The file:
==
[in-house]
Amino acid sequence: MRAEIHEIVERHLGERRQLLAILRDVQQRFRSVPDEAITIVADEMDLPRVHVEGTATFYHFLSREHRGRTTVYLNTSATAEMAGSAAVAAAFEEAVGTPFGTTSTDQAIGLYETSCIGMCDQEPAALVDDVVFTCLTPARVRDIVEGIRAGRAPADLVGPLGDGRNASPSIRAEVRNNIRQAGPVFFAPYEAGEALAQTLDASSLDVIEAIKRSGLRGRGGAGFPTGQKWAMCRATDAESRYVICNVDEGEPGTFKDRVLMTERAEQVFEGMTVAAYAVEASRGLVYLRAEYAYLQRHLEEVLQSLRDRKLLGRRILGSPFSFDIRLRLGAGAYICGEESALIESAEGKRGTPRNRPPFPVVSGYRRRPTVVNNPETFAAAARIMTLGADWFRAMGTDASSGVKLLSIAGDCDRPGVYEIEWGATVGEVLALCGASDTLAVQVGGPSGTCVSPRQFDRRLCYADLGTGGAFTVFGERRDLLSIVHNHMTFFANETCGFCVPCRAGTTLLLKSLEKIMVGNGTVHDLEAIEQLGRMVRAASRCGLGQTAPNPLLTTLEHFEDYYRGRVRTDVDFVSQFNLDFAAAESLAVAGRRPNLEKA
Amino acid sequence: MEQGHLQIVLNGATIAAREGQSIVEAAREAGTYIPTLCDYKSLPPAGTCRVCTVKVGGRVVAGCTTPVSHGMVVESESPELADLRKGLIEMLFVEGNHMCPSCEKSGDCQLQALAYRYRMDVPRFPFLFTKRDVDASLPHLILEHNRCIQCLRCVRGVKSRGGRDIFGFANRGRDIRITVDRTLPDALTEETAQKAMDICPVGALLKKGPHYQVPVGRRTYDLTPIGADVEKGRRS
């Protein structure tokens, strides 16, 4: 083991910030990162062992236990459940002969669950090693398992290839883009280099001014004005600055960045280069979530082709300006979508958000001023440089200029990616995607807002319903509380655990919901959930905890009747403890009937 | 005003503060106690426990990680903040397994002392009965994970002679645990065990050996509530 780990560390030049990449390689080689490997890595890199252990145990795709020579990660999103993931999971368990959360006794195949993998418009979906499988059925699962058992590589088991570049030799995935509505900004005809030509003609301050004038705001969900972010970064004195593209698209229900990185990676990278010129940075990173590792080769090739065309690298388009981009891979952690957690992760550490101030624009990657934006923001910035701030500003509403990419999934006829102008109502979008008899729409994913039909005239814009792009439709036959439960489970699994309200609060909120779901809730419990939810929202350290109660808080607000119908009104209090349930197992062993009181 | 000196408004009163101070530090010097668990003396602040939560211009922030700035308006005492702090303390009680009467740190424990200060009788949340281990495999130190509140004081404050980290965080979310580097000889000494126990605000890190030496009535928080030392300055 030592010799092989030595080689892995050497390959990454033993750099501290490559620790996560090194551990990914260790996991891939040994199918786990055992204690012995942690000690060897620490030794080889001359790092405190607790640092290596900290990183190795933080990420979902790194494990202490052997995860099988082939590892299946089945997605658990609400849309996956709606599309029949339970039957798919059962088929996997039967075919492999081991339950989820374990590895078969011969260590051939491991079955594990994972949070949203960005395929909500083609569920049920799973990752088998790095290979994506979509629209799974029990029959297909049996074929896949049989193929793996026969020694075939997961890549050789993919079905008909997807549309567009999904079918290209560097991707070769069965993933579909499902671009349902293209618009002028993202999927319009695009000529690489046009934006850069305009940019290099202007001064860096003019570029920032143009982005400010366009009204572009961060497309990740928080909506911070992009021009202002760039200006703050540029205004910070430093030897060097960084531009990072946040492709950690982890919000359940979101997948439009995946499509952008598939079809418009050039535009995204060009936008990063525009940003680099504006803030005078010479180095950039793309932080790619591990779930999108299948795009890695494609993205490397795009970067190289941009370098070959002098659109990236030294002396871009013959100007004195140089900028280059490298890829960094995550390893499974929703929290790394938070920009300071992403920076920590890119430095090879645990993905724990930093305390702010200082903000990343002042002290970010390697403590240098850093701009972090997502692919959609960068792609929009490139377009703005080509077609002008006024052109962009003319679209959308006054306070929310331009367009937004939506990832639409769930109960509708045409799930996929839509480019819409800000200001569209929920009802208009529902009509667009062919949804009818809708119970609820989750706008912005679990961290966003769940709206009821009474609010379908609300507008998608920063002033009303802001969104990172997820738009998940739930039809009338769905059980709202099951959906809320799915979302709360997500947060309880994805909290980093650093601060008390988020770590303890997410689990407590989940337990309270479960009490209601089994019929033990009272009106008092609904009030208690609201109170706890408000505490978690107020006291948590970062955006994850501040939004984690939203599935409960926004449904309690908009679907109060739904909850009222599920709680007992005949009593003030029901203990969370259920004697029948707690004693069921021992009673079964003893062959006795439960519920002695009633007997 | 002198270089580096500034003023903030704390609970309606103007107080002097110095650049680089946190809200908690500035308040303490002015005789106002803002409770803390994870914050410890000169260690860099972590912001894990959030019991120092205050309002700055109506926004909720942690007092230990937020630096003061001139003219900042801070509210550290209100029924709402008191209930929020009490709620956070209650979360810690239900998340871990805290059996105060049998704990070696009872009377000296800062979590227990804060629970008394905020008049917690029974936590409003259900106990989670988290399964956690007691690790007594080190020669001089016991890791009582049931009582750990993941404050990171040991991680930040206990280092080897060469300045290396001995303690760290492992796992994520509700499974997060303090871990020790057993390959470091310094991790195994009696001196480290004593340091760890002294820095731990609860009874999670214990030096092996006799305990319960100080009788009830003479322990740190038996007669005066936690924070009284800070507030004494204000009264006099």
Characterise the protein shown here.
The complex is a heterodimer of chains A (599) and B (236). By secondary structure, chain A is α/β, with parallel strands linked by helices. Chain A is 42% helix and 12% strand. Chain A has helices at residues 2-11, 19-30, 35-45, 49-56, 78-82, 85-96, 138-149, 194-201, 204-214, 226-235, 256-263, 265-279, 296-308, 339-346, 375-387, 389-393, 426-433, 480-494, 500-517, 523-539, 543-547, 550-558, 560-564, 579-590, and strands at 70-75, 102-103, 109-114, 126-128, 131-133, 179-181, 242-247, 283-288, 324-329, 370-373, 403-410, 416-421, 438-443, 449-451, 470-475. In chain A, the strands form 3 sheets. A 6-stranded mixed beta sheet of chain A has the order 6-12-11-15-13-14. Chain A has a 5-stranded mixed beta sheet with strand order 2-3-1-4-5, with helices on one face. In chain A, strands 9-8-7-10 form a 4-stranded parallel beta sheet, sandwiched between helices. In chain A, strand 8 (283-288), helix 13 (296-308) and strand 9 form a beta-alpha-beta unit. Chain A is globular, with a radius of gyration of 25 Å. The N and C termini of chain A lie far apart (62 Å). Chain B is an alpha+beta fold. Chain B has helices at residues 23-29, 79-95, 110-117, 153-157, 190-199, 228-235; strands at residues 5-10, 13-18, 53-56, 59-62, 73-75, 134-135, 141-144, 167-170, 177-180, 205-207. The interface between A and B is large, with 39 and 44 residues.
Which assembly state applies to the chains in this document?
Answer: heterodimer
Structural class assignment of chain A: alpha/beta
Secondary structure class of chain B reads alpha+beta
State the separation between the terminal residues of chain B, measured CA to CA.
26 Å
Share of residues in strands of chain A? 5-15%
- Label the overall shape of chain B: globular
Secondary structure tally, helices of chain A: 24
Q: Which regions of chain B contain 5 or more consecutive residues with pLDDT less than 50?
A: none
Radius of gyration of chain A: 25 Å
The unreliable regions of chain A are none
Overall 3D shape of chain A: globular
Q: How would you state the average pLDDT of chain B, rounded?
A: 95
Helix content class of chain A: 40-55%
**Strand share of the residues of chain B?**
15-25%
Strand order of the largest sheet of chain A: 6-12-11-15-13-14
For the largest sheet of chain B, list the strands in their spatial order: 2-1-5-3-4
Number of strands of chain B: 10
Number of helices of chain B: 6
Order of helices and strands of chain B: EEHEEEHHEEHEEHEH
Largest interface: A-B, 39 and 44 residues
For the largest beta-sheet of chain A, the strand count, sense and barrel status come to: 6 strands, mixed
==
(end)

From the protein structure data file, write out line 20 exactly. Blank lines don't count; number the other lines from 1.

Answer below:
Overall 3D shape of chain A: globular